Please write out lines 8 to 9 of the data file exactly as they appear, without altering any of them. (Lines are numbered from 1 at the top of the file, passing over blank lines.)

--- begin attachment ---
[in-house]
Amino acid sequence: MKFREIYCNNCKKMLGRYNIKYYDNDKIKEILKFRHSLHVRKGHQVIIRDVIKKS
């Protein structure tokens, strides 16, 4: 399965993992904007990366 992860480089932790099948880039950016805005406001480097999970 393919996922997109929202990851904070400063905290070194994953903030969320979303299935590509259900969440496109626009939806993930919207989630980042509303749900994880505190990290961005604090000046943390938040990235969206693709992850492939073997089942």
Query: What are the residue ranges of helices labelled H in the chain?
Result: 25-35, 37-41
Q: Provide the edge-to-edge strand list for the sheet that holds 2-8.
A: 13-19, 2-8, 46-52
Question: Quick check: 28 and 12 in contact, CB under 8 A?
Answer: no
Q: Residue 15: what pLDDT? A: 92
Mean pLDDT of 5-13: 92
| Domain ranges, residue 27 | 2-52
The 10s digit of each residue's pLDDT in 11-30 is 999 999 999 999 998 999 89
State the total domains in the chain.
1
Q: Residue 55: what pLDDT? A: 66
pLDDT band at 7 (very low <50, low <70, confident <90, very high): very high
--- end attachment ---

Question: Quick check: 28 and 12 in contact, CB under 8 A?
Answer: no